Eclipse and Re-emergence of the Communist Movement (Revolutionary Pocketbooks)
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The original essays included here were first written between 1969 and 1972 by people involved in the most radical aspects of the French general strike and circulated among left communist and worker circles. Over the years these three essays have been published separately in various languages and printed as books in both the U.S. and the UK with few changes. This third English edition is updated to take into account the contemporary political situation; half of the present volume is new material. The book argues that doing away with wage-labor, class, the State, and private property is necessary, possible, and can only be achieved by a historical break, one that would certainly differ from October 1917, yet it would not be a peaceful, gradual, piecemeal evolution either. Like their historical predecessors, the authors still believe in revolution.
of the merchant trying to increase his wealth, buying and selling corn are two distinct matters in time, the interval being determined by the amount and rate of his expected profit. In the interval between production and consumption, people starved: during the Irish famine of the 1840s, one million died while Ireland was a food net exporter. The mercantile system only acted as an aggravating circumstance in a crisis caused by climatic factors. The social context was pre-capitalist, or that of a
been made public, first in print and now a lot more online.1 Yet the world web is like an endless book that provides an infinity of answers (with thousands more added every hour); only the questions are missing. The Net-surfer is a traveller equipped with a map the size of the country he wishes to explore. What we lack is not data: it is the angle, the approach. 3) The German-Dutch Left To this day, the 1917–37 years remain a historical watershed. At the end of the 1914–18 war, millions felt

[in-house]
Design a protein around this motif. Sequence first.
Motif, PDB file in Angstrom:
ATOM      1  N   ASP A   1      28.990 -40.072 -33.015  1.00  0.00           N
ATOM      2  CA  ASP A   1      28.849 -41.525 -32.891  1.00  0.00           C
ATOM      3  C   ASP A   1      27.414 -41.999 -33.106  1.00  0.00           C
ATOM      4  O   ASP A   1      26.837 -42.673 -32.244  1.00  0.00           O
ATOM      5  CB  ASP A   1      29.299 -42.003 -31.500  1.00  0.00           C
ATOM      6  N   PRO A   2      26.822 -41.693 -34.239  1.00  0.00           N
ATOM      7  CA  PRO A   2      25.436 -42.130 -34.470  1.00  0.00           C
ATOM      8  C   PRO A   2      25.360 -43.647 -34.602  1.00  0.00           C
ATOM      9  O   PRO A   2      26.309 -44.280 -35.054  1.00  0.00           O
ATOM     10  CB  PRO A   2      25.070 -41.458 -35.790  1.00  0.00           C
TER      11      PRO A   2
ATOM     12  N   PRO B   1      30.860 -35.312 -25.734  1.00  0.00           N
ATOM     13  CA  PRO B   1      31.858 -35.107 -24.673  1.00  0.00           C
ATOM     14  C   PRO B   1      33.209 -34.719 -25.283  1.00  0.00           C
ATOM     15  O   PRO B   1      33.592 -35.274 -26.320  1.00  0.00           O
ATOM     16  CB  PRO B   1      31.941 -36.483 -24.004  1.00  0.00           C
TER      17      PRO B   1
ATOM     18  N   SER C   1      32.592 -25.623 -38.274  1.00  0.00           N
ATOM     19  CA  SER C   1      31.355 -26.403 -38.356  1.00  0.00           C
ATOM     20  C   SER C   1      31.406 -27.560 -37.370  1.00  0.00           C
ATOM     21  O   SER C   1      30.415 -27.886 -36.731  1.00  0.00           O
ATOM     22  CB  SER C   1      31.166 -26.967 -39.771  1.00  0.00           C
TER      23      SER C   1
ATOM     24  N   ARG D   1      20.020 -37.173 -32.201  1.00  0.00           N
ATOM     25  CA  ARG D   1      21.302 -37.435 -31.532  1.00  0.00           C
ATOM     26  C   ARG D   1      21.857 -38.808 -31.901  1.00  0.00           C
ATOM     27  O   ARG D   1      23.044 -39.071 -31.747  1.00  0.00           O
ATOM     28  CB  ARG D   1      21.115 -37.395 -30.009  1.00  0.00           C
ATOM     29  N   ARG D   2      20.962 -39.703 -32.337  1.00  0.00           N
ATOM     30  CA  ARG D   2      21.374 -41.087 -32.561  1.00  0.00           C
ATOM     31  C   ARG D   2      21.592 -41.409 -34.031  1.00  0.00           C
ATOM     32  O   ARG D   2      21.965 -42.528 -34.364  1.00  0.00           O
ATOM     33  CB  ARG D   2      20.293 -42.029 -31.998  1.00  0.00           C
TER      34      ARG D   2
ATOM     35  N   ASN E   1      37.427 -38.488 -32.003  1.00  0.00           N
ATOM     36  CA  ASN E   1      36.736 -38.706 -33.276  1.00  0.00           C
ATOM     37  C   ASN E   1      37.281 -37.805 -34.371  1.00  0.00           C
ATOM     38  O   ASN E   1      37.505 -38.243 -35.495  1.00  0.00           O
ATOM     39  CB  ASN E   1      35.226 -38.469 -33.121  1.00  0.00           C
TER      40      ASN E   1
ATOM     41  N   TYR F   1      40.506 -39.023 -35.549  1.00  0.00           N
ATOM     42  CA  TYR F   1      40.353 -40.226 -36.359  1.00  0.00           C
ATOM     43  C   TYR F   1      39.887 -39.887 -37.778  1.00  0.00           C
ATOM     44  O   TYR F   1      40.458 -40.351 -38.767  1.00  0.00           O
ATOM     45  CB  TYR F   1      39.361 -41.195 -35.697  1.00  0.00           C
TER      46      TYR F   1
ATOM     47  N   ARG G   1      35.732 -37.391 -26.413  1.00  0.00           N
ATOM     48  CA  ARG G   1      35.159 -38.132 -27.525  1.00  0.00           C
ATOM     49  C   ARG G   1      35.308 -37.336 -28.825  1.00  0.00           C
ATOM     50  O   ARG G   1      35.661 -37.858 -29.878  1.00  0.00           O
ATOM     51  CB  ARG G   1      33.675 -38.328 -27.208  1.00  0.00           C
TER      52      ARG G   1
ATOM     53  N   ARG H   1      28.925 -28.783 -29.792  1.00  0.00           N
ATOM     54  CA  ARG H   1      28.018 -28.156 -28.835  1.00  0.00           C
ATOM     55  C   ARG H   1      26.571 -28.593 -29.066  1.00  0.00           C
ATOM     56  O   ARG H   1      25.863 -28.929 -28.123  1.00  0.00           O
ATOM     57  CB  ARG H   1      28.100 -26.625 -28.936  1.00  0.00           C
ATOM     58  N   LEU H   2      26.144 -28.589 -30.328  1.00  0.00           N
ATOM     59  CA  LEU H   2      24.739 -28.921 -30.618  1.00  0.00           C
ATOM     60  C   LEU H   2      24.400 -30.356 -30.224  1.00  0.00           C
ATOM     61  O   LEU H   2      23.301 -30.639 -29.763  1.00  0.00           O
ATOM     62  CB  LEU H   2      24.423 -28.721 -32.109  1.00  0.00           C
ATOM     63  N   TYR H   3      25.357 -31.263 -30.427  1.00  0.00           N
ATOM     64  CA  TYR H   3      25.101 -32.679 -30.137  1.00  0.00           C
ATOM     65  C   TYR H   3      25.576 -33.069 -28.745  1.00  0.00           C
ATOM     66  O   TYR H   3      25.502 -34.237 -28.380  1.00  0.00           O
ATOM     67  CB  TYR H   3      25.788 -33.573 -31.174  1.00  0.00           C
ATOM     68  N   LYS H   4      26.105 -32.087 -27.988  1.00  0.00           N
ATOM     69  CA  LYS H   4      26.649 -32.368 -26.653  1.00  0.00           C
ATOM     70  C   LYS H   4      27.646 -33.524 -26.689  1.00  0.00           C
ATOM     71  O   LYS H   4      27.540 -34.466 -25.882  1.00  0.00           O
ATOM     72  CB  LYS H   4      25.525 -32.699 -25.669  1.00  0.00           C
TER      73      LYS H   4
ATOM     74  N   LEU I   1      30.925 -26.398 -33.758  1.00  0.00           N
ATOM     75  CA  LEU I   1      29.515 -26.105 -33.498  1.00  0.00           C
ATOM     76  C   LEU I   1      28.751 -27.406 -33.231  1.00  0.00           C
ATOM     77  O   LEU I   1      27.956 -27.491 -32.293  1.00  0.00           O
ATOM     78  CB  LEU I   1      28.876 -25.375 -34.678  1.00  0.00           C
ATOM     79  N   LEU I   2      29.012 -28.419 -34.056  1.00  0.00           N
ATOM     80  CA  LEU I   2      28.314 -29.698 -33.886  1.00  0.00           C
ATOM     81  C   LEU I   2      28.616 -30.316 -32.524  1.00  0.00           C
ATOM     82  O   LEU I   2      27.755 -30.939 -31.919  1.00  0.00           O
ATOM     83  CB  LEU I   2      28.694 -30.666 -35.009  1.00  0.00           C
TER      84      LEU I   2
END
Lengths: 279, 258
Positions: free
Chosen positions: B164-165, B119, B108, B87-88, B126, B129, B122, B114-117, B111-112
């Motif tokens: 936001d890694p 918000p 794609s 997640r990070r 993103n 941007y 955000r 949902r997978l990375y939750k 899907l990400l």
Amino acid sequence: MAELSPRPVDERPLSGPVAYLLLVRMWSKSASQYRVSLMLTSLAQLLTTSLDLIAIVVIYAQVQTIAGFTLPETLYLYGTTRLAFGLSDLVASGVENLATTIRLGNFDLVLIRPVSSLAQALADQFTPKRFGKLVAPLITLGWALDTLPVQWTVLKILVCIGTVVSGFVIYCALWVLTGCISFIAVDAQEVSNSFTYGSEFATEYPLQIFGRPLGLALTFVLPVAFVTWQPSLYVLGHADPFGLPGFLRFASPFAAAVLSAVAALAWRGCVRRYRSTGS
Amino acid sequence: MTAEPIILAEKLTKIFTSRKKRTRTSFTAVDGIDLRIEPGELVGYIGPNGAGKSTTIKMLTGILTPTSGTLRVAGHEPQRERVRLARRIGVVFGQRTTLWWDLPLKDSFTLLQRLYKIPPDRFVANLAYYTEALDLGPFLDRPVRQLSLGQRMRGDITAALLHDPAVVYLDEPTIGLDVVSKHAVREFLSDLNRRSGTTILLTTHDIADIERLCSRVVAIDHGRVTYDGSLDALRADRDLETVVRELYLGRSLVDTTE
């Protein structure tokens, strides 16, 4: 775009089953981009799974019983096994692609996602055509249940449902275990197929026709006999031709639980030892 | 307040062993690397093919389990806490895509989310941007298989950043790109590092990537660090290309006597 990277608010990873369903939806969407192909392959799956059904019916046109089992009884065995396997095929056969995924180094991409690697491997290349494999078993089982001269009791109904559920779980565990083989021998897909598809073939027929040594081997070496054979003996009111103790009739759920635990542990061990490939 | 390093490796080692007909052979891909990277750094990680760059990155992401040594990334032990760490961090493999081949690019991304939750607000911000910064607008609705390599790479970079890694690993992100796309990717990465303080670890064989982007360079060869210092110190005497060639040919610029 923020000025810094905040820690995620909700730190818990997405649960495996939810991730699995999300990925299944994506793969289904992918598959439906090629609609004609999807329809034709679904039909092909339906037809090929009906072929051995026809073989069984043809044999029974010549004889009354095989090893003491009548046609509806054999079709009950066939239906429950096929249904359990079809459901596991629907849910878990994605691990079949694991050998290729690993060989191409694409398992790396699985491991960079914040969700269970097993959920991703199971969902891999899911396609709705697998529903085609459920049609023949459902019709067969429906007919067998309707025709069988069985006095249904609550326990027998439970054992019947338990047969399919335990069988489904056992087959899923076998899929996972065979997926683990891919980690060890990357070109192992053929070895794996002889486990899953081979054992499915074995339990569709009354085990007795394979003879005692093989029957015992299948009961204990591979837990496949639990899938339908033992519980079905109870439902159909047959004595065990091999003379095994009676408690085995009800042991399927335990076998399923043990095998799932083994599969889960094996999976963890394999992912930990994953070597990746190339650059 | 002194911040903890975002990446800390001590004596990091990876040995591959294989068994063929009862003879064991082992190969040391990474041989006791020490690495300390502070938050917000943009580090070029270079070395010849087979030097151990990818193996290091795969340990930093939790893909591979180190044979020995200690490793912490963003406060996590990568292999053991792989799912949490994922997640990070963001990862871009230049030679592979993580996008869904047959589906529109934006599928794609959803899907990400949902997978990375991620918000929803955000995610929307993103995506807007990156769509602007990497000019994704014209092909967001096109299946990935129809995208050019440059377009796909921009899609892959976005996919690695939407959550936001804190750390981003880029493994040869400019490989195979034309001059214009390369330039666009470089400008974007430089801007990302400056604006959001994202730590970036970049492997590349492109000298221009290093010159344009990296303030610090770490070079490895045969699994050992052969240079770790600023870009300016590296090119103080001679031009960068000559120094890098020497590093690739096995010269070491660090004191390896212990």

ECLIPSE AND RE-EMERGENCE OF THE COMMUNIST MOVEMENT labour to other persons, whilst the communist revolution is directed against the preceding, does away with labour . . . and abolishes the rule of all classes with the classes themselves, because it is carried through by the class which no longer counts as a class in society, is not recognised as a class, and is in itself the expression of the dissolution of all classes, nationalities, etc. within present society. (Marx)7 In a bourgeois
quote by Marx: “I do not claim to have discovered either the existence of classes in modern society or the struggle between them.”7 It is no use endlessly proving the permanence of a confrontation that is plain to see. Our concern is that it could end, by a communist revolution that has to arise in a society shaped and torn by the interaction of proletarians and bourgeois. Our “problem” is how class struggle will be able to produce something else than its own continuation. Is there a
years mark an exceptional period in German history. This collection brings the radical aspirations of the time alive and contains many important lessons for contemporary scholars and activists alike.” —Markus Bauer, Free Workers’ Union, FAU-IAA